Pompeo said the United States would continue airstrikes in the region “as targets arise” and continue its mission of overseeing the full defeat of the Islamic State and the expulsion of Iranian forces from Syria, a job that analysts said would take much longer than an initial 120-day U.S. timeline for withdrawal. U.S. officials say there is now no timeline for withdrawal.

Exerting pressure on Iran has been a cornerstone of the Trump administration’s foreign policy. The president withdrew from the Iran nuclear deal in 2018 and reimposed punishing sanctions on the Islamic republic despite opposition from key European allies. Pompeo has repeatedly called the country the “leading state sponsor of terrorism.”

“Iran does sponsor terrorism, but not the variety that tends to threaten the U.S. homeland,” said Max Abrahms, a terrorism expert and author of the book “ Rules for Rebels: The Science of Victory in Militant History.”

Pompeo’s outlook “is driven by his support for Israel,” Abrahms said. “Iran poses a major terrorism threat to Israel, much less so the U.S. homeland.”

To many of those listening, Pompeo appeared to have ignored decades of collective angst in the region toward the United States and its policies, seemingly rewriting historical perceptions.

“Clearly, when Pompeo insists that ‘America is a force for good in the Middle East,’ he’s not thinking about a local audience . . . which generally associates American foreign policy as being responsible for invasion and occupation, of supporting autocracy and occupiers,” H.A. Hellyer, a Middle East analyst with the Atlantic Council, said in a tweet.

In his remarks, Pompeo also lauded the improvement in relations between Arab states, such as the United Arab Emirates, and Israel. But few Egyptians accept Pompeo’s declaration that Arab attitudes toward Israel are changing. Most view Israel as an enemy that has usurped the rights and lands of Palestinians.

“In Egypt, we do not really talk about Iran,” said Nouran Hassan, 23, a senior studying political science at American University of Cairo who was in the audience. “We don’t consider it dangerous. For most ordinary Egyptians, Israel is their enemy ever since the 1950s.”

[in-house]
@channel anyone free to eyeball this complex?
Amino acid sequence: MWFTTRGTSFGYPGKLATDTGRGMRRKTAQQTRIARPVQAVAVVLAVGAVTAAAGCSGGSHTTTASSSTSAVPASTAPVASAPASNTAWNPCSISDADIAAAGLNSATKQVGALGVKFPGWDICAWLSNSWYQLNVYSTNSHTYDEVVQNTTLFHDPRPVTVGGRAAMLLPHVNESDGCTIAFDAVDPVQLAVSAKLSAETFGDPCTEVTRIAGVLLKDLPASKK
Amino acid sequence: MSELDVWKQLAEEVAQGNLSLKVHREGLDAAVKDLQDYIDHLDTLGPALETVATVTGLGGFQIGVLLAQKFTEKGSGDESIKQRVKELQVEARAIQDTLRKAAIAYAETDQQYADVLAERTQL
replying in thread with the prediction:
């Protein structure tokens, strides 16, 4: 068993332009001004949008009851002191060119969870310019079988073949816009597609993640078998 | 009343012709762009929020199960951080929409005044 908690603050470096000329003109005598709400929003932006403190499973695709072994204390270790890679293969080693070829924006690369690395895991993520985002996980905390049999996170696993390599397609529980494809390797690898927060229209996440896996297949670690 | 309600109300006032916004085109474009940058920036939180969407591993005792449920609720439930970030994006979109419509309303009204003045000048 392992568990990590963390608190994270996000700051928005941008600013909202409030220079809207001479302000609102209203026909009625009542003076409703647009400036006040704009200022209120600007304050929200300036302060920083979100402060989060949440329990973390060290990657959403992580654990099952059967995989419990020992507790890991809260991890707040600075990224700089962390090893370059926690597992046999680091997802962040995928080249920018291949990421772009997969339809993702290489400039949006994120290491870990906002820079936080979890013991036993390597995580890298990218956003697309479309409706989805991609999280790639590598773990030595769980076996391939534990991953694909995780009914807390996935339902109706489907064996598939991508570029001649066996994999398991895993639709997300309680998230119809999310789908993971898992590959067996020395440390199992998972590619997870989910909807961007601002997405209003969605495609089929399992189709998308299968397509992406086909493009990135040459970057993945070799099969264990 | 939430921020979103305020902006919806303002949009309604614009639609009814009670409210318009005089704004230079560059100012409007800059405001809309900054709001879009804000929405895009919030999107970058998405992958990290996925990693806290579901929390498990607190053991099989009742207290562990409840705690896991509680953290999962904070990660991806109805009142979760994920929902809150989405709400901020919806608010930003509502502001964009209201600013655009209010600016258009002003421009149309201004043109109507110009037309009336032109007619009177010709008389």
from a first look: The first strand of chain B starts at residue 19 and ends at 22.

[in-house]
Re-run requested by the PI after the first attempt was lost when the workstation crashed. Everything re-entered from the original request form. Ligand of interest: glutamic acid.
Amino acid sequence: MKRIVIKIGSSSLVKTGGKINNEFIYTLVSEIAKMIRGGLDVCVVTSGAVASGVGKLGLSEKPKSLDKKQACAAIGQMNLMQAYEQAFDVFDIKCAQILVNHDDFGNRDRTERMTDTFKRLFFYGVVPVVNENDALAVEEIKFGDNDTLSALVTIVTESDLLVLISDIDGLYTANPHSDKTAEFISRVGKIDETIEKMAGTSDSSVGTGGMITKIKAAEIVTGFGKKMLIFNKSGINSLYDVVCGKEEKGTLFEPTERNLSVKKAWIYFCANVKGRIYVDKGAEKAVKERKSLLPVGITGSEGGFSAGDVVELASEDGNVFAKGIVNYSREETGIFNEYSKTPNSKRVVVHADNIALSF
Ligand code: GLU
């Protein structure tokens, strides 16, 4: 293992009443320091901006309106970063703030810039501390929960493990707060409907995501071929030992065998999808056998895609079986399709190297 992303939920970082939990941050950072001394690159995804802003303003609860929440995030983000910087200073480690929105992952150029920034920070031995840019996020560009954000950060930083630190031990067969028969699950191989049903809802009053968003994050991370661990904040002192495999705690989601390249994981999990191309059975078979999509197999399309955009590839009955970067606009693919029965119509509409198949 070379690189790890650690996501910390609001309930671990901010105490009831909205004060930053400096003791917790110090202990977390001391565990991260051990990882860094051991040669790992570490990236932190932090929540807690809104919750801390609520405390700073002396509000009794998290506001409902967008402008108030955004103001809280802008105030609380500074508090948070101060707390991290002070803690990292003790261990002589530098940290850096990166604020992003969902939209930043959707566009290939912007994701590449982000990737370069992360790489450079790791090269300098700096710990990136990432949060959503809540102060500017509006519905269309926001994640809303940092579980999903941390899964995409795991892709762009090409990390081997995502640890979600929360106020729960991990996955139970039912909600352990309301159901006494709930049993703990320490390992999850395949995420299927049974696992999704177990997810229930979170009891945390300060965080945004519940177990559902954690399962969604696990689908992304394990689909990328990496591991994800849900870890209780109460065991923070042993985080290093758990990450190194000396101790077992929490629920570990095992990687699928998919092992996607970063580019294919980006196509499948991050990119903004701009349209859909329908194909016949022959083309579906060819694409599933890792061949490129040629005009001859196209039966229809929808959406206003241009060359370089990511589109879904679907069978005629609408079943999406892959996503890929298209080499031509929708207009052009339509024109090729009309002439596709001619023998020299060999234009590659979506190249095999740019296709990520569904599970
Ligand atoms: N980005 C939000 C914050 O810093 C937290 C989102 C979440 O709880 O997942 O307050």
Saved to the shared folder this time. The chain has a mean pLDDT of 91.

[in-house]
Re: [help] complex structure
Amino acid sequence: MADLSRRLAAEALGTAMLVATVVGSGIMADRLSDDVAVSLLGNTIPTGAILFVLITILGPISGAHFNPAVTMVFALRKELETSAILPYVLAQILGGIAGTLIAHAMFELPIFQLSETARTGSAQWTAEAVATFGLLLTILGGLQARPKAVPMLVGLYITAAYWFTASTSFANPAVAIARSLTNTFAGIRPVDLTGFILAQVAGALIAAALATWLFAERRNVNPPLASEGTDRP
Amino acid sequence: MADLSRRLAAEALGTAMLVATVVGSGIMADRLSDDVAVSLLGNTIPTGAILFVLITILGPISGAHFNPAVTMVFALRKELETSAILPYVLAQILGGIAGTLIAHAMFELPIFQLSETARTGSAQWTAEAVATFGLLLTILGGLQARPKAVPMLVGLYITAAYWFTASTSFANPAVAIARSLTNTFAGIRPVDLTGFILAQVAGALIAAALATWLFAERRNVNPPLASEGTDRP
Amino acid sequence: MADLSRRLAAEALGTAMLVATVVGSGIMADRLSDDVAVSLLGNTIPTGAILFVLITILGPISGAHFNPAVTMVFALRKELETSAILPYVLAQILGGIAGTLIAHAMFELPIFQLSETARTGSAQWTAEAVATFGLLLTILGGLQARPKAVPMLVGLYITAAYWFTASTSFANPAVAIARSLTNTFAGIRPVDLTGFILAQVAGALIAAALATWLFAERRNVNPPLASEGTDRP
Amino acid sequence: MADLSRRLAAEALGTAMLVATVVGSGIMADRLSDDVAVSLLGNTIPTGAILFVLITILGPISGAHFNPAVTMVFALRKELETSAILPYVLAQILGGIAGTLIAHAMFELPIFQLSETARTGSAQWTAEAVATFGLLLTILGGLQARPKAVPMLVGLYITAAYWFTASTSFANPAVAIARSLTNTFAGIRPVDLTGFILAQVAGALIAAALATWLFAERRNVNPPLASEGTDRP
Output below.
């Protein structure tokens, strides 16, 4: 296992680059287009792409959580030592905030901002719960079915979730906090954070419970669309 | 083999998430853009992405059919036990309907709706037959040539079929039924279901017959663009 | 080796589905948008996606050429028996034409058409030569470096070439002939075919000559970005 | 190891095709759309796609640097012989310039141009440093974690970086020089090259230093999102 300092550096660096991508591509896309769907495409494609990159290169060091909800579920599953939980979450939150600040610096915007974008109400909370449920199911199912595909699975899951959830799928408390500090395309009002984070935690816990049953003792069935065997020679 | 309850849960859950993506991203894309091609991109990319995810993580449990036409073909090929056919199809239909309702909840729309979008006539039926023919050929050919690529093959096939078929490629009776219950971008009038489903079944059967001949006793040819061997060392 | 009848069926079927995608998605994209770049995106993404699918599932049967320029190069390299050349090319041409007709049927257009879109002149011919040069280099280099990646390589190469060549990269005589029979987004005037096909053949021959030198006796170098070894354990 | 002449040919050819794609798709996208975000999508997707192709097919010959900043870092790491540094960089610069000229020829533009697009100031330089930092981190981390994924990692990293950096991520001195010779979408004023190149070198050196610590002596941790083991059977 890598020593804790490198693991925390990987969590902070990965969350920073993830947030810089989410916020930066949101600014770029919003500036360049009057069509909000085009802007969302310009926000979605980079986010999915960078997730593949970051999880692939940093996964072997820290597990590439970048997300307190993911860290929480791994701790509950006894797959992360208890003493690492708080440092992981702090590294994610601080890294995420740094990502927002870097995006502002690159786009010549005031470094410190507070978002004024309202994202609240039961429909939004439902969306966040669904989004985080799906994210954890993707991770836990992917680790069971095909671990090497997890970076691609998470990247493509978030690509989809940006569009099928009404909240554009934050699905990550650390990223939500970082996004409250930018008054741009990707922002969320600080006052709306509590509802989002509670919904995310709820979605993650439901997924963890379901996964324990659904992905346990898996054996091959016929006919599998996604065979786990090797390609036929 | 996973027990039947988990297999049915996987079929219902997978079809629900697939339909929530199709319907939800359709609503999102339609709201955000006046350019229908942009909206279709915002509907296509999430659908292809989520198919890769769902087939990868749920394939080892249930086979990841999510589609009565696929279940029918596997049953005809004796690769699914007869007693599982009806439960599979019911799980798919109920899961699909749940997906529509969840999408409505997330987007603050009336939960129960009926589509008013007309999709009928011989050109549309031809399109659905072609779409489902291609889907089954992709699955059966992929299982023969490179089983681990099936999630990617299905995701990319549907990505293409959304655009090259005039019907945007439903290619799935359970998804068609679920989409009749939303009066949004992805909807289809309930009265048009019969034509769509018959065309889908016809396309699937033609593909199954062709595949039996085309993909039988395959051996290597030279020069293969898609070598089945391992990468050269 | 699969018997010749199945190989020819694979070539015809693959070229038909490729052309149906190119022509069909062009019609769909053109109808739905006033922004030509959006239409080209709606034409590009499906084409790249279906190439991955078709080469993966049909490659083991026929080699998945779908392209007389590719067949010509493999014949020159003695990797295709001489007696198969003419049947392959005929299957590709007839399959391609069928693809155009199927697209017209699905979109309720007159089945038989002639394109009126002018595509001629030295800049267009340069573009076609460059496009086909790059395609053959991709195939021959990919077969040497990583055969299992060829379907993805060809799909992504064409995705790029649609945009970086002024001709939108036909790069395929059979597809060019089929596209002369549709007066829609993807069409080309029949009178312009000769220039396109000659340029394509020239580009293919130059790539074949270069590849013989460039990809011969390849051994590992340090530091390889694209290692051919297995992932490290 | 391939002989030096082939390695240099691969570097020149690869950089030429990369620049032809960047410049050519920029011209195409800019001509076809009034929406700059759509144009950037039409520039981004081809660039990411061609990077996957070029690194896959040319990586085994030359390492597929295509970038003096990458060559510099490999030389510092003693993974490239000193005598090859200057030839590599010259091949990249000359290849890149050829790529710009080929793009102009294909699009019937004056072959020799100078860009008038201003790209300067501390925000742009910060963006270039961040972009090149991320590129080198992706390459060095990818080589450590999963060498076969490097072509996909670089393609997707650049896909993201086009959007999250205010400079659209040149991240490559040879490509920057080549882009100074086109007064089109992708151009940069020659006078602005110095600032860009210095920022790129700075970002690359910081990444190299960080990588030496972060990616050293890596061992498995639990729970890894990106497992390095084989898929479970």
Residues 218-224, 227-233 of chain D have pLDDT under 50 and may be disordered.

Pompeo’s visit to Cairo is part of a nine-country swing through the region designed to reassure Arab allies that the United States remains committed to the Middle East despite its planned withdrawal from Syria.

Earlier in the day, he met with Egyptian President Abdel Fatah al-Sissi, a former general whom Trump has praised but critics have accused of committing human rights abuses. In his talks with Egyptian officials, Pompeo said he discussed the need for the Sissi government to improve human rights and basic freedoms. But when asked whether there were any discussions about Americans being detained, as well as thousands of political prisoners, Pompeo declined to provide specifics, saying only that “we talked about the full panoply of human rights issues.”

Human rights activists said Pompeo was not forceful enough in his criticism of the Sissi government’s abuses. They also expressed concern that Pompeo’s strong support of Sissi and other Arab authoritarian leaders in the push to combat terrorism could embolden their governments to commit more abuses.

“We know what that means,” said Philippe Nassif, Amnesty International’s advocacy director for the Middle East and North Africa. “It means a tacit approval of tens of thousands of people swept under Sissi’s regime in Egypt under the pretext of terrorism charges.”

Raghavan reported from Cairo. Karen DeYoung and Carol Morello in Washington contributed to this report.